Drama has an operative function similar to that of language. Rather than mirroring life passively, drama is instead a means of thinking about life, a way of organizing and categorizing it. Drama as a whole, both serious and conventional, in all its media (stage, film, television, etc.) generates archetypal categories of events, characters, situation, and themes, which we then apply to real life in order to understand and deal with it.  The notion of creative passivity leads to questions about artistic value. If a knowledge of archetypes is all that is required to write a good play why are more good plays not written? Why is it that when I, a critic who has read more widely than either Shakespeare or Ibsen, sit down and intransitively, to write a play based on the archetypes that I know extremely well that my results are so paltry? Under realistic doctrine, one could say that Shakespeare and Ibsen were better observers of life than myself, but under structuretualism it will not do to say that they were better observers of literature. They were not. Shakespeare with “small Latin and less Greek,” was well read in the popular literature of his day, but in little else; Ibsen, during the time of his greatest creativity, read little except newspapers. It is inadequate to try to understand drama entirely in terms of literary archetypes.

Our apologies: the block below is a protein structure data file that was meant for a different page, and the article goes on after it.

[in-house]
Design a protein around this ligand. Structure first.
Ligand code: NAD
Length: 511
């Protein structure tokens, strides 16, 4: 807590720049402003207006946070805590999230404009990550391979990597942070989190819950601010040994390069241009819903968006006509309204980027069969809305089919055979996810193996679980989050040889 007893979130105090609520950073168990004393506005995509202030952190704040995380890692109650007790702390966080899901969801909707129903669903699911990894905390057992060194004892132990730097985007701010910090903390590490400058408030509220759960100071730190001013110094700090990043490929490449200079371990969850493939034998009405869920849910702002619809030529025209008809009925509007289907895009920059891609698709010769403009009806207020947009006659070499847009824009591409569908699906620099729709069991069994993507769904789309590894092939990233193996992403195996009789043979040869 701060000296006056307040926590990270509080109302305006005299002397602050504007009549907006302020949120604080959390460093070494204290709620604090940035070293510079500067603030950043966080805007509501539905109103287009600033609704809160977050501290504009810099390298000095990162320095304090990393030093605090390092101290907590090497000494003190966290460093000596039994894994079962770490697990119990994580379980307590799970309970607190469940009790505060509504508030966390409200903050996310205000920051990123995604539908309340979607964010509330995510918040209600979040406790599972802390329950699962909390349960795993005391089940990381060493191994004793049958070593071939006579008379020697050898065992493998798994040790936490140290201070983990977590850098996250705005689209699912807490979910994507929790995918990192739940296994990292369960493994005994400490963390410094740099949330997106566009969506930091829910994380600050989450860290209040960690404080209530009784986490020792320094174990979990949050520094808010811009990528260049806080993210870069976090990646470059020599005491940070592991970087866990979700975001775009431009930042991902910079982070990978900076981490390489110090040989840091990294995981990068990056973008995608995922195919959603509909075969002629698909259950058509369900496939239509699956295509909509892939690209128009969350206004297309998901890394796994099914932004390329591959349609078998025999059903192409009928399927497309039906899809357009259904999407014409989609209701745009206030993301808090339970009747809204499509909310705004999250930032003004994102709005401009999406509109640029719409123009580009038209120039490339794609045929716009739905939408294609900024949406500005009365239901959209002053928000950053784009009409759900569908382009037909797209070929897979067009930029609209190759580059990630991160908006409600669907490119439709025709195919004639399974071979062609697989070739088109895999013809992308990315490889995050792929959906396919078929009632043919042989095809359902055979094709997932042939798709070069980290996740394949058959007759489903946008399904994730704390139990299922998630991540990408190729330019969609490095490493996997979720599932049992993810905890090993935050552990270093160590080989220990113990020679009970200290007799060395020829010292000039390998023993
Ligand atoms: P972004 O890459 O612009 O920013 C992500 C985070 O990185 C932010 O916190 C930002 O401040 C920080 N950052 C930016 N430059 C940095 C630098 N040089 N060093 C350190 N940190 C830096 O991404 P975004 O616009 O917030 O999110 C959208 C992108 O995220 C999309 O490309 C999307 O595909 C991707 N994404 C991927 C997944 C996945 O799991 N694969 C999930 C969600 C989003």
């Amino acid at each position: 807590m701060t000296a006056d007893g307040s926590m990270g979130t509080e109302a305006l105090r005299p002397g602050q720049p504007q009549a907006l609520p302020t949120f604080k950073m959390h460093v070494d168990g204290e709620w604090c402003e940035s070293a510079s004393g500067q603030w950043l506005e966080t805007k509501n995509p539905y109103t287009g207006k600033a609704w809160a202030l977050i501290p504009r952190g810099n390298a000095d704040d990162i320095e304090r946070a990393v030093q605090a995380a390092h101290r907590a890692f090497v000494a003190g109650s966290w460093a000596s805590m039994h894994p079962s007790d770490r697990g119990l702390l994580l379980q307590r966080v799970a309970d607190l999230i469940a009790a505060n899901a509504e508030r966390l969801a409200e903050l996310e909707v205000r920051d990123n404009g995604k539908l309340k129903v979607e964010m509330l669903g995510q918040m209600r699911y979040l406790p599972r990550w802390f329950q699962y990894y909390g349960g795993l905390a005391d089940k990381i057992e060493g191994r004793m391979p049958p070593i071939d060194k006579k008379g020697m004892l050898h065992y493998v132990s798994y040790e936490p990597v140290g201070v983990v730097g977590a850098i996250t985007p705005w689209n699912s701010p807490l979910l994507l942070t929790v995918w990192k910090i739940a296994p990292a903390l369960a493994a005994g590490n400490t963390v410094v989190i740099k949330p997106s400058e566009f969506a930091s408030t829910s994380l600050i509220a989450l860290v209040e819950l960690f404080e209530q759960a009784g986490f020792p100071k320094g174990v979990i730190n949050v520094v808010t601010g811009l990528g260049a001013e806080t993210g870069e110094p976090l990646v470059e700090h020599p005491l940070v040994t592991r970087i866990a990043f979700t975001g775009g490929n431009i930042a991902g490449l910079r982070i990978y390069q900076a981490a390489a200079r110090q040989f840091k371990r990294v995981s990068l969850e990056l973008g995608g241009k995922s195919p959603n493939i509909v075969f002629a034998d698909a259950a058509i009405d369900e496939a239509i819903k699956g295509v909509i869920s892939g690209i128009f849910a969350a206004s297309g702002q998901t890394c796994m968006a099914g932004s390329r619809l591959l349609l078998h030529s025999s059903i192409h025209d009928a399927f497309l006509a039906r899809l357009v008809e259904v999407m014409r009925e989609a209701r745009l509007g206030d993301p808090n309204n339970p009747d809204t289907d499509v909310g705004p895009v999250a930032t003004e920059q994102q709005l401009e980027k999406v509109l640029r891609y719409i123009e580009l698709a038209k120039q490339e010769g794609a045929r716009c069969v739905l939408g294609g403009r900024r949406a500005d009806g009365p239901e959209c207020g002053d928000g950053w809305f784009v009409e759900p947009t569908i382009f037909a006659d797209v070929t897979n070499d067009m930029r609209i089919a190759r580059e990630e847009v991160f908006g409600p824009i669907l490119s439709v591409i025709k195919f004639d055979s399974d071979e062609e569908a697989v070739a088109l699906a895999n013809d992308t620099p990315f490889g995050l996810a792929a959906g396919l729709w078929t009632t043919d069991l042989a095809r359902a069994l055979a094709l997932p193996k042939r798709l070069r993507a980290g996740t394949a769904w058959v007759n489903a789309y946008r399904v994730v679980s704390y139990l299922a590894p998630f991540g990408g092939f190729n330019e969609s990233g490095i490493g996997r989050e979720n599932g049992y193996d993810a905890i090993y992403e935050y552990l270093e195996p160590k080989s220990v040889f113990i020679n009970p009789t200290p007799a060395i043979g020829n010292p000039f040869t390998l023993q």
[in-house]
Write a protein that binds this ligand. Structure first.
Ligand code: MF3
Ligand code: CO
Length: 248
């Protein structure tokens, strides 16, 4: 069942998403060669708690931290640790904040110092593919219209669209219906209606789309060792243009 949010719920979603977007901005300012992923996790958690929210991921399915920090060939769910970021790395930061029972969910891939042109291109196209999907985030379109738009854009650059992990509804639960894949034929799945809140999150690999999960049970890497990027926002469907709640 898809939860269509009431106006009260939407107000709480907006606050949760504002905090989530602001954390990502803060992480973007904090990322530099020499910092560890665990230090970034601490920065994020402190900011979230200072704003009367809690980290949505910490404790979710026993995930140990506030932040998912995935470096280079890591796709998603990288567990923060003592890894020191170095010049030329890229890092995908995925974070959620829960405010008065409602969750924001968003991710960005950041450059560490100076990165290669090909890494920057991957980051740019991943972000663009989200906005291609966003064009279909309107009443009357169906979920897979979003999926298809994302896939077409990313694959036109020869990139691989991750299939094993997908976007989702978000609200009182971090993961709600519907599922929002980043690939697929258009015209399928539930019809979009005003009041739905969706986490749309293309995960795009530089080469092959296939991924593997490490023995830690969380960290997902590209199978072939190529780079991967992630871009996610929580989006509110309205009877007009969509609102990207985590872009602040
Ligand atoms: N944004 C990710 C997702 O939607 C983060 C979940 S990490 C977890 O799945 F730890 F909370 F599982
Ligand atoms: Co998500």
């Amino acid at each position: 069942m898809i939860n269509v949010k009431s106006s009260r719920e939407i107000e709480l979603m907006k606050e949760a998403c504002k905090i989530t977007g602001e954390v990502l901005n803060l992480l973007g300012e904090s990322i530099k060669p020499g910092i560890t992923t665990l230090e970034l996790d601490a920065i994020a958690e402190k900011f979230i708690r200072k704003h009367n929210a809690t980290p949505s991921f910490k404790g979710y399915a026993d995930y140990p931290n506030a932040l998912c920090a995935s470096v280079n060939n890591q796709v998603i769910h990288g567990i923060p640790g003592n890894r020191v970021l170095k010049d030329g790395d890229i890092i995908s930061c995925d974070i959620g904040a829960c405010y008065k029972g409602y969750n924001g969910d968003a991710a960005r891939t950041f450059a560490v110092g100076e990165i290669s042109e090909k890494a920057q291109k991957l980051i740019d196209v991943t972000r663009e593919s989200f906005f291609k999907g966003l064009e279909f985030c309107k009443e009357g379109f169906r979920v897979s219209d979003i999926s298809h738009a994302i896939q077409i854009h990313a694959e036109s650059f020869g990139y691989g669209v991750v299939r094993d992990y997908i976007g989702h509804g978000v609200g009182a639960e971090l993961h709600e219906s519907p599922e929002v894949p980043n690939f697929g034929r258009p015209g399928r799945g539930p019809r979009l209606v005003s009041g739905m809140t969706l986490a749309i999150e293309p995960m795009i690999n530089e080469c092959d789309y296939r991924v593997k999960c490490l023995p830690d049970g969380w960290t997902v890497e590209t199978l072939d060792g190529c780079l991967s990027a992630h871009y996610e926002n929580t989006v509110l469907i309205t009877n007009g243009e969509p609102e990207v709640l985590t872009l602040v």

So, one must be an observer of life, right? OK I believe that is exactly what it is I am trying to accomplish with my play. I sat down and wrote many versions of what it is I want to accomplish with my play and I finally concluded with these words giving myself permission.

My play is about coming to terms with the transitions in life and the American Dream. My goal is to create a play that sits inside the contradictions and paradoxes of life beyond the issues of our time; that wrestles with the fear of death, alienation, loneliness and spirituality – to meditate on these parts of life, and to hopefully, if successful, get closer to sharing The Truth that each of us already knows. And in so doing, become more connected to each other.